15. My Spotty Pony:
    Oh, dearest Abby, Durham Cathedral, it has to be our favourite of English cathedrals. Chichester, although beautifully kept, cannot match it in our view.

    Our round of appointments was, it has to be said, rather daunting, but they all served to confirm that all is progressing amazingly well on the Leukaemia and every other front, so our spare time was spent celebrating rather than blogging!!!!

  16. So glad you're back - hope all is well with you health-wise.

    A pleasure to see your photos and read your words - the Cathedral looks magnificent. Yet again, your words made me smile at a recollection of my own - strange how that happens! I used to work in a bookshop around the time 'The Barchester Chronicles' were being serialised on the television. A lady came and asked me if we had the book and I replied, 'Ah, yes, that's Trollope' - the lady looked mortified and said - 'Oh, I thought it was rather good'!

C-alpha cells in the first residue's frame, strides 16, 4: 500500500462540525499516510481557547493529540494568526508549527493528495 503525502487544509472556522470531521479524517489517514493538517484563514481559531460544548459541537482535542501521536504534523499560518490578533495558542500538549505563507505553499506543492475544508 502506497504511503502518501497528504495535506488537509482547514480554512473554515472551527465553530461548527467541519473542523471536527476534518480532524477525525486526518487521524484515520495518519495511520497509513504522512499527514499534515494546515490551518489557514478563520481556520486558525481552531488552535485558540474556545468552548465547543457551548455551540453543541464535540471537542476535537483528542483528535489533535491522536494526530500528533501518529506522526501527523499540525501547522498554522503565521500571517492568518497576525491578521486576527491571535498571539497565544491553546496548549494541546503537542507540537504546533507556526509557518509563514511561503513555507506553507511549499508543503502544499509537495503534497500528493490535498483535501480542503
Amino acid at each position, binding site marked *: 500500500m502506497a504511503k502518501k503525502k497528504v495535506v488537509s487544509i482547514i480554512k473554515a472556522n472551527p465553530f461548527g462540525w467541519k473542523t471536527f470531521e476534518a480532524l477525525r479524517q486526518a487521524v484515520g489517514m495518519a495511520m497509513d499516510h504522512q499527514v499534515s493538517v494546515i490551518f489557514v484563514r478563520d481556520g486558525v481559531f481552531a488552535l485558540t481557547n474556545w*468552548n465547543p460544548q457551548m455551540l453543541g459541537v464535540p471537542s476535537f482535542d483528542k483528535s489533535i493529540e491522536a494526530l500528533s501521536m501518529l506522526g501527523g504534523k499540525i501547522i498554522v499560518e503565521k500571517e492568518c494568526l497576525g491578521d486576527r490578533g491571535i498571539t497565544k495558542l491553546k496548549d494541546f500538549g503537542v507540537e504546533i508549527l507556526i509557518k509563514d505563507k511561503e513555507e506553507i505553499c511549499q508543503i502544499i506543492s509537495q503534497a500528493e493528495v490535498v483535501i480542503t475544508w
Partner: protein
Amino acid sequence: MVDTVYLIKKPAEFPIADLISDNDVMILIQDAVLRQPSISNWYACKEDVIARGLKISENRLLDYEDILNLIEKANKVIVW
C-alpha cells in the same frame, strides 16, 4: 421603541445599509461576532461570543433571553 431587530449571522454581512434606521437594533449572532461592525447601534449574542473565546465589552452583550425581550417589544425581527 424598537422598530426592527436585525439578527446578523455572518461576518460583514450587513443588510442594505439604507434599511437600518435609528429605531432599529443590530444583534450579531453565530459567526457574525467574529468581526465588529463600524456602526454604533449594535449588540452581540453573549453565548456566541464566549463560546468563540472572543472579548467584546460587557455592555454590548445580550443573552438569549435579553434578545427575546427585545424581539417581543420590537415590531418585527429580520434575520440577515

Thought you might like that one.

  17. Jacqueline@HOME:
    How wonderful to have a musical son and, through him, to have travelled the length and breadth of England listening to church choirs.Our idea of heaven.

    We can certainly recommend Marrocco's on King's Esplanade in Hove. It is a time warp of a place, not at all sophisticated, but the food is superbly fresh and served with a flourish. The Romanian waiter Nick is an attraction in himself!!! We are sure that you would love it.

  18. Your words are like silk, they are flawless and smooth. I love to read your posts, not only because they are always interesting and take me out of my element, but because they are written so beautifully.

    The cathedral is magnificent. However, I do believe that if a church does not include 50% of the population, the people will surely leave it behind.

    I am so happy to see you back in our blogger world. Hope you are both well.

  19. Glad to hear that there is good news on the health front...having a husband with leukaemia among other odds and bods I do know what a relief good news is!

    And I see your meal was in keeping with the dietary precepts of St. Richard....